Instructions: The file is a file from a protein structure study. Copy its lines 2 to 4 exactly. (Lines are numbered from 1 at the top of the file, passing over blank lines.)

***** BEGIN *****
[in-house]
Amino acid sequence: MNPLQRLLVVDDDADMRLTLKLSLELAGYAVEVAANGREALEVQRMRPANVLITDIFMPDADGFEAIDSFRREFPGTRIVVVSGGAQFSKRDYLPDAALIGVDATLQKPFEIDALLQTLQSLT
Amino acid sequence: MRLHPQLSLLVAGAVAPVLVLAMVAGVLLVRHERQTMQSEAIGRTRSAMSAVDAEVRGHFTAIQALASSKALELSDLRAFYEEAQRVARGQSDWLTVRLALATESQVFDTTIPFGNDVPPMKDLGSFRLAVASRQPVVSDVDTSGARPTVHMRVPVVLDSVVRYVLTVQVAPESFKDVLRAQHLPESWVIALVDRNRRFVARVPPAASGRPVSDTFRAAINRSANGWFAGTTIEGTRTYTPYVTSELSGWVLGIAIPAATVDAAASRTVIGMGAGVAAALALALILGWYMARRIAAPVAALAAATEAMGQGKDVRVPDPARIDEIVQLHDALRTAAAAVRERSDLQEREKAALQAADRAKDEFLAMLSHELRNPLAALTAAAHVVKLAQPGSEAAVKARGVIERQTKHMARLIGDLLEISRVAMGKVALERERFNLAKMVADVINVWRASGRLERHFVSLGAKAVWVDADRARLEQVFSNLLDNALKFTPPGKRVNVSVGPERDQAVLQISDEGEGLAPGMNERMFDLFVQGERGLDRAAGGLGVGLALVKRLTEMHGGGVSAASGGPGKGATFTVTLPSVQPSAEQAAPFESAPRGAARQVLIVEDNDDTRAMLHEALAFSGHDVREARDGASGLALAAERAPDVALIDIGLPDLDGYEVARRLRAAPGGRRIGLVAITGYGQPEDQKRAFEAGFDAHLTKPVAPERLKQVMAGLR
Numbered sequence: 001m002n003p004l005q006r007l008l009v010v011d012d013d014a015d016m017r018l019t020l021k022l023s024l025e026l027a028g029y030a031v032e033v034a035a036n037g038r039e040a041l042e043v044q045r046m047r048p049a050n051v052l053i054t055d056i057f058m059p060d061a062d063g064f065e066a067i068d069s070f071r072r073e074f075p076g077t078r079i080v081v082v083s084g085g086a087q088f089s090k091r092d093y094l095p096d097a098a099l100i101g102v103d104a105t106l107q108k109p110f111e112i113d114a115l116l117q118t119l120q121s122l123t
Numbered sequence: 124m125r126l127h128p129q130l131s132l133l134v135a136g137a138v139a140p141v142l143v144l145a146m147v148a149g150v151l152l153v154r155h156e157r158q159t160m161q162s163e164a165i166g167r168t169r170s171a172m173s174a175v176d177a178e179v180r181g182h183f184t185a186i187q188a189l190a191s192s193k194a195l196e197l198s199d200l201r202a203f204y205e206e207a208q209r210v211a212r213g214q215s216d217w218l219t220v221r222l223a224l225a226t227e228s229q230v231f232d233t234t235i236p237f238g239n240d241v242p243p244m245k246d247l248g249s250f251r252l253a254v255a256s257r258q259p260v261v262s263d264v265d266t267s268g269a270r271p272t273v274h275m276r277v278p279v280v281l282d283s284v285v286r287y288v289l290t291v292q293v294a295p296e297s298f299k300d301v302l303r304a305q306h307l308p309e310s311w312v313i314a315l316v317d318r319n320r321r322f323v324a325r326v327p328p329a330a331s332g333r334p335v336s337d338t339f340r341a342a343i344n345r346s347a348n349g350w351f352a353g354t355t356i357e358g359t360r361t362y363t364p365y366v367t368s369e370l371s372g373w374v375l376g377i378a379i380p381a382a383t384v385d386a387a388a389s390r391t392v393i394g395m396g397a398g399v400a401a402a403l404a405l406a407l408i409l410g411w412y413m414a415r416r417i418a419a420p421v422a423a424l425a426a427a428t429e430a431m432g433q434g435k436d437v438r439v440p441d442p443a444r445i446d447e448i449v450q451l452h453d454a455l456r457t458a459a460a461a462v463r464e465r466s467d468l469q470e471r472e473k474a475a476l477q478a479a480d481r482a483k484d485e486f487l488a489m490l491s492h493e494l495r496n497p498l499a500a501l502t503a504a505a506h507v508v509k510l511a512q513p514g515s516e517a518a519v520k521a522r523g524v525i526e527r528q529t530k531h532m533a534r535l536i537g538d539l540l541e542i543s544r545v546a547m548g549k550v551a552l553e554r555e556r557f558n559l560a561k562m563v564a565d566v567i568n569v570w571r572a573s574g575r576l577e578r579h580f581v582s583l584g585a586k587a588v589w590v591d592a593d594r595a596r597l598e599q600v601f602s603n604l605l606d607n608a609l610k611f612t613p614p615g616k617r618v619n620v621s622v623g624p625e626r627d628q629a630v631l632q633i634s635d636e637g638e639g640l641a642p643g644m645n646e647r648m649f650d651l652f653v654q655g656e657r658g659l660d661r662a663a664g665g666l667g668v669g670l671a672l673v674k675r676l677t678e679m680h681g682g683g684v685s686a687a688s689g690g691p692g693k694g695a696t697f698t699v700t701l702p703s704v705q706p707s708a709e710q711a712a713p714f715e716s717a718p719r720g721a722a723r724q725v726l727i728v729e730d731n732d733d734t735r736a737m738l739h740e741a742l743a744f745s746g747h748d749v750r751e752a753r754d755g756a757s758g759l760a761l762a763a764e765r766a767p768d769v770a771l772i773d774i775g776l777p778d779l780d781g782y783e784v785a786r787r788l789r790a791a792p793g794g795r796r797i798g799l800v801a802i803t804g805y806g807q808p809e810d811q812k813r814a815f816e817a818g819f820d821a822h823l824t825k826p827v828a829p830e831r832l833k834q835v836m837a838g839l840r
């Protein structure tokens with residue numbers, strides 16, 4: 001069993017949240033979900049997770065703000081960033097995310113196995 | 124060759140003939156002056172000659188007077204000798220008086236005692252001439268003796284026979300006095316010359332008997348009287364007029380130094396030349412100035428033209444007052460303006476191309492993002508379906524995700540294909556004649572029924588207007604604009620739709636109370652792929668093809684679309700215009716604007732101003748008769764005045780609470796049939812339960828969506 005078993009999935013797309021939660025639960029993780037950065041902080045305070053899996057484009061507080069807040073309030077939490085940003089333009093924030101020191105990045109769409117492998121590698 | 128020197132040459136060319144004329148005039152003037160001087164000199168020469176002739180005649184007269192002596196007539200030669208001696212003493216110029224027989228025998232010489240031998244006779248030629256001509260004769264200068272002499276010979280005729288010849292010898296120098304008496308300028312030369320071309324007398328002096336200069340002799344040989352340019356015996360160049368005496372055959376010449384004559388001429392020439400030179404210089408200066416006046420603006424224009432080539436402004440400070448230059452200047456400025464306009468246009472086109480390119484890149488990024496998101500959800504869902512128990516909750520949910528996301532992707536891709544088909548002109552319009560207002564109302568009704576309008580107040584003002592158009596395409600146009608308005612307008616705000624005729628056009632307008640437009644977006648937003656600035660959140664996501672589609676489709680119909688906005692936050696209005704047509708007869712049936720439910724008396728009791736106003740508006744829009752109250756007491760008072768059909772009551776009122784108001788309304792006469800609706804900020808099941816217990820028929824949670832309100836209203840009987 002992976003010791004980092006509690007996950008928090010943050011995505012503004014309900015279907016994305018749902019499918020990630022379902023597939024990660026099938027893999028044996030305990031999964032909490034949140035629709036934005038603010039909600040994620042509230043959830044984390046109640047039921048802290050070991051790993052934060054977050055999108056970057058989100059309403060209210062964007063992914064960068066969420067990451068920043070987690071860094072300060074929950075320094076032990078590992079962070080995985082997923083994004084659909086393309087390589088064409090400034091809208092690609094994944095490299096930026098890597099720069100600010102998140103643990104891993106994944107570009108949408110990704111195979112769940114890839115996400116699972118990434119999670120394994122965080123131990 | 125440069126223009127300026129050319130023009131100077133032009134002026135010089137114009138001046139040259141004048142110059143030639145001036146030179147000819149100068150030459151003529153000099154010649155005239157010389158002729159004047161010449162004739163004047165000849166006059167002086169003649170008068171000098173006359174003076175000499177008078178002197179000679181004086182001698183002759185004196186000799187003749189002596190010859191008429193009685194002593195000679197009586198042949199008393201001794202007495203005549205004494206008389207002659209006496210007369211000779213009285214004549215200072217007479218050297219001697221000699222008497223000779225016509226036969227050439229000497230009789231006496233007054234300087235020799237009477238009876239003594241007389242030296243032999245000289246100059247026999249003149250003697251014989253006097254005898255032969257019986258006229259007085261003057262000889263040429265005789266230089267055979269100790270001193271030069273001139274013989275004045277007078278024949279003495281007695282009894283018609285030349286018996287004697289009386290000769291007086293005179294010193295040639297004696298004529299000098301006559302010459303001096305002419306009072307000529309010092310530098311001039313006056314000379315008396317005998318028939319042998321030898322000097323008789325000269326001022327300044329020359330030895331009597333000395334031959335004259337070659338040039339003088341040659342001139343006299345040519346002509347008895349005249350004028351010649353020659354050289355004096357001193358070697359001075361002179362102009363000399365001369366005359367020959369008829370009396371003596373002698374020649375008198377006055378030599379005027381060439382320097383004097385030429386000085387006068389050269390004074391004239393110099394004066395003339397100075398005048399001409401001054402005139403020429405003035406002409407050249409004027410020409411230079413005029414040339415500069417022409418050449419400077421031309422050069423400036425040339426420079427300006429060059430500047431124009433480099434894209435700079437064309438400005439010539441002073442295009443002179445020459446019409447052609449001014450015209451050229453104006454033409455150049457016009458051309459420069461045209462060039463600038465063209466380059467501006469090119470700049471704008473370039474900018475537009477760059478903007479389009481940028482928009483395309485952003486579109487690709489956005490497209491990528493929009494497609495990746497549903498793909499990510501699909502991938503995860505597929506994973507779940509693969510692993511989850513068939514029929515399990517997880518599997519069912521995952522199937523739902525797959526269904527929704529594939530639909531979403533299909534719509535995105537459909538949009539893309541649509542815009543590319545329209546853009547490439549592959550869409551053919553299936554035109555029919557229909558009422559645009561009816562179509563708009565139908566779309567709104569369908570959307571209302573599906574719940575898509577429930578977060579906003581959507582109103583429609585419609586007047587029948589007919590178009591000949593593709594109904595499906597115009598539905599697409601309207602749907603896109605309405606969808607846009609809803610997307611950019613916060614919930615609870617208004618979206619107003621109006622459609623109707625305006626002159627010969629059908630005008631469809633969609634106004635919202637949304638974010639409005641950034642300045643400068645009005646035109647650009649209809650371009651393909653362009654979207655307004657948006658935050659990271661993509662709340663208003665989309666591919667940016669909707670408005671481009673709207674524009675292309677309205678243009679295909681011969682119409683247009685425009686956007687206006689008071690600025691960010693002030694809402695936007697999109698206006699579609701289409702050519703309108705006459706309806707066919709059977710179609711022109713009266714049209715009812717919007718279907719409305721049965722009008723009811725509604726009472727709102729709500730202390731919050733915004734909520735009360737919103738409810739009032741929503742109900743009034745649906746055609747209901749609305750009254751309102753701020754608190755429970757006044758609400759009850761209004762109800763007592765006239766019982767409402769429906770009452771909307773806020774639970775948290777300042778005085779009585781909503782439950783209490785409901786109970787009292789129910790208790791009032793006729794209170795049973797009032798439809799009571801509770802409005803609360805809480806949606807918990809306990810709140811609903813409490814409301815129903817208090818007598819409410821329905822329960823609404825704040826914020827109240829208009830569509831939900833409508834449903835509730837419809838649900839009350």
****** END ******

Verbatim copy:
Amino acid sequence: MNPLQRLLVVDDDADMRLTLKLSLELAGYAVEVAANGREALEVQRMRPANVLITDIFMPDADGFEAIDSFRREFPGTRIVVVSGGAQFSKRDYLPDAALIGVDATLQKPFEIDALLQTLQSLT
Amino acid sequence: MRLHPQLSLLVAGAVAPVLVLAMVAGVLLVRHERQTMQSEAIGRTRSAMSAVDAEVRGHFTAIQALASSKALELSDLRAFYEEAQRVARGQSDWLTVRLALATESQVFDTTIPFGNDVPPMKDLGSFRLAVASRQPVVSDVDTSGARPTVHMRVPVVLDSVVRYVLTVQVAPESFKDVLRAQHLPESWVIALVDRNRRFVARVPPAASGRPVSDTFRAAINRSANGWFAGTTIEGTRTYTPYVTSELSGWVLGIAIPAATVDAAASRTVIGMGAGVAAALALALILGWYMARRIAAPVAALAAATEAMGQGKDVRVPDPARIDEIVQLHDALRTAAAAVRERSDLQEREKAALQAADRAKDEFLAMLSHELRNPLAALTAAAHVVKLAQPGSEAAVKARGVIERQTKHMARLIGDLLEISRVAMGKVALERERFNLAKMVADVINVWRASGRLERHFVSLGAKAVWVDADRARLEQVFSNLLDNALKFTPPGKRVNVSVGPERDQAVLQISDEGEGLAPGMNERMFDLFVQGERGLDRAAGGLGVGLALVKRLTEMHGGGVSAASGGPGKGATFTVTLPSVQPSAEQAAPFESAPRGAARQVLIVEDNDDTRAMLHEALAFSGHDVREARDGASGLALAAERAPDVALIDIGLPDLDGYEVARRLRAAPGGRRIGLVAITGYGQPEDQKRAFEAGFDAHLTKPVAPERLKQVMAGLR
Numbered sequence: 001m002n003p004l005q006r007l008l009v010v011d012d013d014a015d016m017r018l019t020l021k022l023s024l025e026l027a028g029y030a031v032e033v034a035a036n037g038r039e040a041l042e043v044q045r046m047r048p049a050n051v052l053i054t055d056i057f058m059p060d061a062d063g064f065e066a067i068d069s070f071r072r073e074f075p076g077t078r079i080v081v082v083s084g085g086a087q088f089s090k091r092d093y094l095p096d097a098a099l100i101g102v103d104a105t106l107q108k109p110f111e112i113d114a115l116l117q118t119l120q121s122l123t